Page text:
Mystery of Marie Roget

Movie Information

In Brief: Universal traded one last time on the name of Edgar Allan Poe with Mystery of Marie Roget (1942) — another of their mystery movies masquerading as horror. This, of course, meant it was destined to be part of the "Shock Theater" package. The fact that it is so clearly a Universal film, has so many of the stock music cues, is atmospheric and features Patric Knowles and Maria Ouspenskaya kept most everyone from complaining that it was "only a mystery." Though she has top billing on the main title (not on the end credits), Maria Montez is only in about 20 minutes of the movie, but Universal was grooming her for those big Technicolor extravaganzas she became known for. It's really Knowles' picture — with strong support from Ouspenskaya and Lloyd Corrigan. He plays Dr. Paul Dupin (for some reason Universal never used Poe's "C. Auguste Dupin") and is credited in passing for having solved "the Rue Morgue case," but any connection to the Lugosi Murders in the Rue Morgue (1932) is purely in the studio's standing European village set. What we get is a slickly made, beautifully photographed little thriller that benefits from liberal doses of comedy. As a neat programmer, you couldn't ask for much more.
Genre: Mystery Horror
Director: Phil Rosen (Return of the Ape Man)
Starring: Patric Knowles, Maria Montez, Maria Ouspenskaya, John Litel, Nell O'Day, Lloyd Corrigan, Edward Norris
Rated: NR



Phil Rosen’s Mystery of Marie Roget is something of a curiosity. We can start with the fact that Phil Rosen directed it. Rosen had been in the movie business since 1912 and a director since 1915. He seems to have been pretty highly regarded in the silent era, but sound was his downfall — though not for any apparent reason, since his talkies aren’t obviously old-fashioned. They’re just cheapjack affairs knocked out in a few days for studios like Monogram — and worse. By 1942 he was so associated with poverty row that it has caused more than a few people to think that Mystery of Marie Roget was an independent cheapie that Universal just picked up, but it’s not. It’s low-budget alright, but Universal born and bred low-budget. Why Rosen was brought in is unknown. Then too, it’s part of a half-hearted attempt by the studio to make Patric Knowles an actual movie star instead of a supporting lead. It didn’t work. And there’s the business of show-casing Maria Montez on her way to becoming Universal’s Technicolor queen of camp — here given star billing but little screen time as the title character. Finally, there’s the whole mystery-horror hybrid business — played up because of the Poe name, but amounting to little more than a gruesome murder method, a pet leopard, a creepy visit to the morgue and a stolen brain. In spite of this, I’ve never heard anyone complain about the movie for not being a horror picture. I think it may just be too darn likable.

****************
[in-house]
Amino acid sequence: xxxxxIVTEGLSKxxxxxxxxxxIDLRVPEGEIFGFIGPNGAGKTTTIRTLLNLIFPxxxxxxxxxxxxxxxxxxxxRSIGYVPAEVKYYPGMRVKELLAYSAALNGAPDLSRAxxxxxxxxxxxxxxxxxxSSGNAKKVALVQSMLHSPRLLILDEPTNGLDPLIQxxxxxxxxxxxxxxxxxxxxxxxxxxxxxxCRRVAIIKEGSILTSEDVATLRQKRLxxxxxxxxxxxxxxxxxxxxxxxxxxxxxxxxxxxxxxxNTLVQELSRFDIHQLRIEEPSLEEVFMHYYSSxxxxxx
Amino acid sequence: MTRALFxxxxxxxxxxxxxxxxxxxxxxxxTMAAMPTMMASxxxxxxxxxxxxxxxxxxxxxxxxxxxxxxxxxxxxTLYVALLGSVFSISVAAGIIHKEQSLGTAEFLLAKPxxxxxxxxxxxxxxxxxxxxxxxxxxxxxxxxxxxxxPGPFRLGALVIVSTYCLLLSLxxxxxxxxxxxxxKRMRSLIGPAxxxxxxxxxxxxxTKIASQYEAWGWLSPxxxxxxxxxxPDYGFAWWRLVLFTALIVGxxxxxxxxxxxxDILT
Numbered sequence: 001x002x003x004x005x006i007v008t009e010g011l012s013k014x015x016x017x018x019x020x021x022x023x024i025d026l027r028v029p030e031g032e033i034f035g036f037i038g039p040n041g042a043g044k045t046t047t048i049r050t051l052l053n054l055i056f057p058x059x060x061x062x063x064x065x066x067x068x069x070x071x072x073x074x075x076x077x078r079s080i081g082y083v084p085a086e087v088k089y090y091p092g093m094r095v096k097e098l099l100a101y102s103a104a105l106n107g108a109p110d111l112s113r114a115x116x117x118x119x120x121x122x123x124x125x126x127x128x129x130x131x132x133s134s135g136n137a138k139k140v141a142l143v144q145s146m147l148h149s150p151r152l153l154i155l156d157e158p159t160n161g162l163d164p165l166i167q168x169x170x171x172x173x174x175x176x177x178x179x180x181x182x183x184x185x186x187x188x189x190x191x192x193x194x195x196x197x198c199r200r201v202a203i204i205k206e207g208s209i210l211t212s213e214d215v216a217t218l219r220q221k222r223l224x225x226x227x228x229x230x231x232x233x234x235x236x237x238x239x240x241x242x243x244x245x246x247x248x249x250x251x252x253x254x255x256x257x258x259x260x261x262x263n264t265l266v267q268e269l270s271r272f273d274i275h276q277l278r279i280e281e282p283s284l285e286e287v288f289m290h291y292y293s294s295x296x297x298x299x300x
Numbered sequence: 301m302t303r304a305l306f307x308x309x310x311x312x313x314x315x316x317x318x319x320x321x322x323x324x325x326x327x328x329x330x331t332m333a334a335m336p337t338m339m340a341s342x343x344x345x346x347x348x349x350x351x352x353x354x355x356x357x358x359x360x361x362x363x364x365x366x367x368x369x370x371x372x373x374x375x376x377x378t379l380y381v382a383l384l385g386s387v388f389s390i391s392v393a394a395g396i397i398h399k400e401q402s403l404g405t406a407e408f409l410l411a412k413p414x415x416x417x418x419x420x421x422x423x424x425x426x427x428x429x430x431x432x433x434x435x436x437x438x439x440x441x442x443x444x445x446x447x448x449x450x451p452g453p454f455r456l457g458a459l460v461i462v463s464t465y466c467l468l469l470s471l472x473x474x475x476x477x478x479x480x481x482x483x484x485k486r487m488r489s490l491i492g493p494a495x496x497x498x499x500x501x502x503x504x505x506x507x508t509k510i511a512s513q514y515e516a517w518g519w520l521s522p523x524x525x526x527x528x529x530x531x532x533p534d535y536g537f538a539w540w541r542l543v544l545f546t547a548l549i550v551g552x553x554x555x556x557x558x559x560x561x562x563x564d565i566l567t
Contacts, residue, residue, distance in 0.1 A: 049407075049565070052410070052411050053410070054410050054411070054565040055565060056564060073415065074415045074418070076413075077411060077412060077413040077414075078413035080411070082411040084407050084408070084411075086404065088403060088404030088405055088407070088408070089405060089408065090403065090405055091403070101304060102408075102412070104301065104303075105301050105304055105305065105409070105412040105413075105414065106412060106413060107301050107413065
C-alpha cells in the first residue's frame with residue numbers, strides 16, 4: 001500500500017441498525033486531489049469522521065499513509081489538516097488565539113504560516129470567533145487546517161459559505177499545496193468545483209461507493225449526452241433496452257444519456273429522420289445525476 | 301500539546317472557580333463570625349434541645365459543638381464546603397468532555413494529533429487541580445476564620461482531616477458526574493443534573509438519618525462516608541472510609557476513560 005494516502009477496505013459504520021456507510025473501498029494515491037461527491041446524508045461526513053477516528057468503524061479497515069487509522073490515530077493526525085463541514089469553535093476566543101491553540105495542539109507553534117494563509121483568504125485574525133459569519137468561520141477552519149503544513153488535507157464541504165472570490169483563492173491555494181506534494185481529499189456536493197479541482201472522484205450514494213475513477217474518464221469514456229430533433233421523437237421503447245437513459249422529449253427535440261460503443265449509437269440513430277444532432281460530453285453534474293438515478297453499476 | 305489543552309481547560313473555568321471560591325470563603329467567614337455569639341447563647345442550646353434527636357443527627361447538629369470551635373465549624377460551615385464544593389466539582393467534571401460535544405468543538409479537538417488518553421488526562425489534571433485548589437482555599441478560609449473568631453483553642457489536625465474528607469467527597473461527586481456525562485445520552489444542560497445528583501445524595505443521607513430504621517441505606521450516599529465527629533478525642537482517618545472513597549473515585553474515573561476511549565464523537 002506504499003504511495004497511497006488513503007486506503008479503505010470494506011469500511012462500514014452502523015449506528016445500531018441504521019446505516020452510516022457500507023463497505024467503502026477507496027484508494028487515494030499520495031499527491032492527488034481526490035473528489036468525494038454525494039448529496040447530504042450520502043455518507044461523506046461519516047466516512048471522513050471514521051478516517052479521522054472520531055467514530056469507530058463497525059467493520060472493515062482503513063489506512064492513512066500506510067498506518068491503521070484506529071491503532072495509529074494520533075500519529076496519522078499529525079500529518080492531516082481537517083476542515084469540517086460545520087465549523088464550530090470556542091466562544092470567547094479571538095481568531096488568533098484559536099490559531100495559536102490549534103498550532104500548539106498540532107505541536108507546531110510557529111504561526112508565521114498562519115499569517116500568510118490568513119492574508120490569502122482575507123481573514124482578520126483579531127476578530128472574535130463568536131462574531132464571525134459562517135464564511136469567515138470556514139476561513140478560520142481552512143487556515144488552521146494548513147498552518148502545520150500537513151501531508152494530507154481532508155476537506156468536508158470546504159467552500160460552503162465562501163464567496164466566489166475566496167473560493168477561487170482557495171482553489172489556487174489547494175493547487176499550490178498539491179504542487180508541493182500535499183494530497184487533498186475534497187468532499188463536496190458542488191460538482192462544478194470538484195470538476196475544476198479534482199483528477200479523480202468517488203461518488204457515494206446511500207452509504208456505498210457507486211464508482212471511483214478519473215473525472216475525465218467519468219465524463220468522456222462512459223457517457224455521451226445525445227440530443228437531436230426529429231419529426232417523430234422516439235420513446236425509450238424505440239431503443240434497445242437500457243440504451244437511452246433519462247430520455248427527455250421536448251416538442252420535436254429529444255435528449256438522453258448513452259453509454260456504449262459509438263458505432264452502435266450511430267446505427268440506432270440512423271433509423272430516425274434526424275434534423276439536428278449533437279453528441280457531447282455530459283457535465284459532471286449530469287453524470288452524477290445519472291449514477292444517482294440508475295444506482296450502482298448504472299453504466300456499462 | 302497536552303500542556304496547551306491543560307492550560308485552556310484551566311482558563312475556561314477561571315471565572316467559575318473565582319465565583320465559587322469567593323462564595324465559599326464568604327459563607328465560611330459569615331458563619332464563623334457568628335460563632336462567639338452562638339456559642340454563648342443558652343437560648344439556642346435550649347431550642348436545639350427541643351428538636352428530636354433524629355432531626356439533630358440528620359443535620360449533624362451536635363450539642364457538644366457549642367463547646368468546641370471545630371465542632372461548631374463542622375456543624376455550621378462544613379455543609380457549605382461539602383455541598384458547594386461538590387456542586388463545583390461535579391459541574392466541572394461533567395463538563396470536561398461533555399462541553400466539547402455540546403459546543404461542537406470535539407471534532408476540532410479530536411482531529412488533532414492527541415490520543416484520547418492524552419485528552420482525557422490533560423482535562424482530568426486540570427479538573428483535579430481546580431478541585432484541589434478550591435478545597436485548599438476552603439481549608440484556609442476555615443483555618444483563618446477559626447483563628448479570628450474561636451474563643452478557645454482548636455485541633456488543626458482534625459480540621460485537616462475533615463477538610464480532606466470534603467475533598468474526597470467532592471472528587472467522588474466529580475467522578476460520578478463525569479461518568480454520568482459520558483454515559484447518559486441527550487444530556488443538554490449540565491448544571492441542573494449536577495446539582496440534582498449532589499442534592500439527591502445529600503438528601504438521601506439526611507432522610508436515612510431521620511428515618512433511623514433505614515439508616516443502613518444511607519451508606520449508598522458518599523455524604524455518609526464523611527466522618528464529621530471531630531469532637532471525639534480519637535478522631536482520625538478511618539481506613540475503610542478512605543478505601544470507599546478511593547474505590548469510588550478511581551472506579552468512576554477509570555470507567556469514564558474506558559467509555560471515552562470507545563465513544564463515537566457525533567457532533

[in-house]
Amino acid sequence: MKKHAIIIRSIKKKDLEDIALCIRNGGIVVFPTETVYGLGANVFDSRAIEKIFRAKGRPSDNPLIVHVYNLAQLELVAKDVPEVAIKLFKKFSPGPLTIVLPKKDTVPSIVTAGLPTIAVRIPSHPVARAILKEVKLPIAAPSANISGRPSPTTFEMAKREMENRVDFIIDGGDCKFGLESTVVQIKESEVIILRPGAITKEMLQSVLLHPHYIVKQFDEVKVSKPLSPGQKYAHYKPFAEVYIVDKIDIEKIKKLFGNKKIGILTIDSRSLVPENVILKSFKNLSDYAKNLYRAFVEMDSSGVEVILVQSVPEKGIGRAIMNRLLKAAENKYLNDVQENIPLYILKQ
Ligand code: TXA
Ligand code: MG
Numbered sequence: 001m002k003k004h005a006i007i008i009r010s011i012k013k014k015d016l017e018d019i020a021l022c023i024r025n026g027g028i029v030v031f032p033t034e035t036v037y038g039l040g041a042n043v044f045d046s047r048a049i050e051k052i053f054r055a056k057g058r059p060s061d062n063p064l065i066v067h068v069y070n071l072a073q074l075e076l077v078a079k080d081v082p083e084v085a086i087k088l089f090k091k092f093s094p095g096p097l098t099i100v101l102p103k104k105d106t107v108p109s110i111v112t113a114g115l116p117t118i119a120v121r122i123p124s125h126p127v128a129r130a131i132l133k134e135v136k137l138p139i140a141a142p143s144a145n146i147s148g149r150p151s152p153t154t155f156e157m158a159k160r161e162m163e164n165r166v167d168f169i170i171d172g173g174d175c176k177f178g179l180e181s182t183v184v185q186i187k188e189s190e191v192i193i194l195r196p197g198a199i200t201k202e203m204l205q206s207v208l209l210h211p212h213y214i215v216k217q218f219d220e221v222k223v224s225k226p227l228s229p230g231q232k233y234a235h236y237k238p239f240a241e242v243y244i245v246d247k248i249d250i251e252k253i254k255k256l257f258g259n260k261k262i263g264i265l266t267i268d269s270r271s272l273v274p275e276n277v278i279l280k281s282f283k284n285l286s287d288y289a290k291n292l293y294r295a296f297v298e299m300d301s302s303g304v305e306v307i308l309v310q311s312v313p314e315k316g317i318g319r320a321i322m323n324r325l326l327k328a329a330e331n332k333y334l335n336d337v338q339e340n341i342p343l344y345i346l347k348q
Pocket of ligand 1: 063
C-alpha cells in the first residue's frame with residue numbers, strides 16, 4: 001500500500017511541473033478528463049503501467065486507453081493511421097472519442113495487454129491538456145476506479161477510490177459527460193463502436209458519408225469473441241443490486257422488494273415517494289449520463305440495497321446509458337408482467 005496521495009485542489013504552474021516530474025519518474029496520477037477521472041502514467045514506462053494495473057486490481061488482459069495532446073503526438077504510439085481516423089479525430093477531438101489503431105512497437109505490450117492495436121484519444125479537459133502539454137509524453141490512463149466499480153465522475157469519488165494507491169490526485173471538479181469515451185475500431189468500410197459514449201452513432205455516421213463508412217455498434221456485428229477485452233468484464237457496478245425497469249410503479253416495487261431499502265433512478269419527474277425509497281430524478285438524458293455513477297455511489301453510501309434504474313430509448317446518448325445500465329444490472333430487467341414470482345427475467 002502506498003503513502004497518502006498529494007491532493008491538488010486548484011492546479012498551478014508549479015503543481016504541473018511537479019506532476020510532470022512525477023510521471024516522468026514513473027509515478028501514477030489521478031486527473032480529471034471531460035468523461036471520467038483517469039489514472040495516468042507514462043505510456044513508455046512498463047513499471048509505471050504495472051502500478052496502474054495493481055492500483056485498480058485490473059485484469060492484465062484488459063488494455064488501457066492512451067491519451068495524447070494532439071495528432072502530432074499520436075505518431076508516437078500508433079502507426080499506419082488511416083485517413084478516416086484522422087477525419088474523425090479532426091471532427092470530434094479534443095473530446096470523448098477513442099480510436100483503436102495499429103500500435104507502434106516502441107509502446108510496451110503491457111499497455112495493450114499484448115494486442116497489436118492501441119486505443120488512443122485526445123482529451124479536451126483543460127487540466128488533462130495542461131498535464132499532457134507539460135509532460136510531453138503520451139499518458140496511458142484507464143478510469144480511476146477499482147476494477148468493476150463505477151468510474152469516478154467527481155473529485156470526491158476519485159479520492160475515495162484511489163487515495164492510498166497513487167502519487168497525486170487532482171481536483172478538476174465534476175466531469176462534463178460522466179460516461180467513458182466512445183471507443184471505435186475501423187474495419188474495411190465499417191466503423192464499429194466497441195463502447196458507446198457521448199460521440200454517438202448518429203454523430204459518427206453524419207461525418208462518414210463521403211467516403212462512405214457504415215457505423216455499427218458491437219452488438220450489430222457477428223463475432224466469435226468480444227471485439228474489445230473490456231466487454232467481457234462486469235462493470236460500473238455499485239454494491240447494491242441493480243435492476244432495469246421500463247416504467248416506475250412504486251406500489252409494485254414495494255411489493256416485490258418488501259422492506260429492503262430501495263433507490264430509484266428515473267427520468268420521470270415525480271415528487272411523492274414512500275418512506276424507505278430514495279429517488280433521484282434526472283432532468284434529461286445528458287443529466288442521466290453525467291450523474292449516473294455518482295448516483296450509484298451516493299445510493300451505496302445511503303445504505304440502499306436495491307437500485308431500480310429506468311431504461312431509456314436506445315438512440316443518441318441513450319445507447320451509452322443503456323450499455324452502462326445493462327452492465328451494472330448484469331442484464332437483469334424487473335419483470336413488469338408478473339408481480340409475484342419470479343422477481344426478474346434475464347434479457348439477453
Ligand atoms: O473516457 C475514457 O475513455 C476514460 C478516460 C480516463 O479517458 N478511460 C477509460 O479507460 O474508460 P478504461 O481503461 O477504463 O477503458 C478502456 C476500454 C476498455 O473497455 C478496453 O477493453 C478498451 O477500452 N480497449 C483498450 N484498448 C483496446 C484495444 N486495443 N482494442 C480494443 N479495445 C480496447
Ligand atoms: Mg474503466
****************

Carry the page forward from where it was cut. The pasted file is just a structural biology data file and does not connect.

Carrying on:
In its favor is Knowles’ performance as Dupin. He’s cool, relaxed, reasonably dashing — and basically all you could ask for as a combined detective hero and romantic lead. That he’s teamed with Lloyd Corrigan (who had transitioned from an undistinguished director to a distinguished character comic a couple of years earlier) helps. They have easy chemistry. Similarly, Corrigan’s blustery Prefect of Police makes a terrific foil for Maria Ouspenskaya as the outspoken and shrewd granny Roget. It’s the kind of pairing where even fairly weak comedy comes across as funny. But a great deal of what makes Mystery of Marie Roget work as a creepy mystery is the atmosphere generated by Rosen and cinematographer Elwood Bredell, who make a cheap movie look anything but. How much of this is due to Rosen and how much belongs to Bredell is hard to say. To compare this to such down-and-dirty poverty row titles from Rosen as Spooks Run Wild (1941) and Murder by Invitation (1941) is unfair, even worthless. Here he had more time, better facilities, better sets — and a better cinematographer than Monogram’s Marcel Le Picard. Whoever is responsible, it’s the look of the movie that sells it.

About Ken Hanke
Head film critic for Mountain Xpress from December 2000 until his death in June 2016. Author of books "Ken Russell's Films," "Charlie Chan at the Movies," "A Critical Guide to Horror Film Series," "Tim Burton: An Unauthorized Biography of the Filmmaker."

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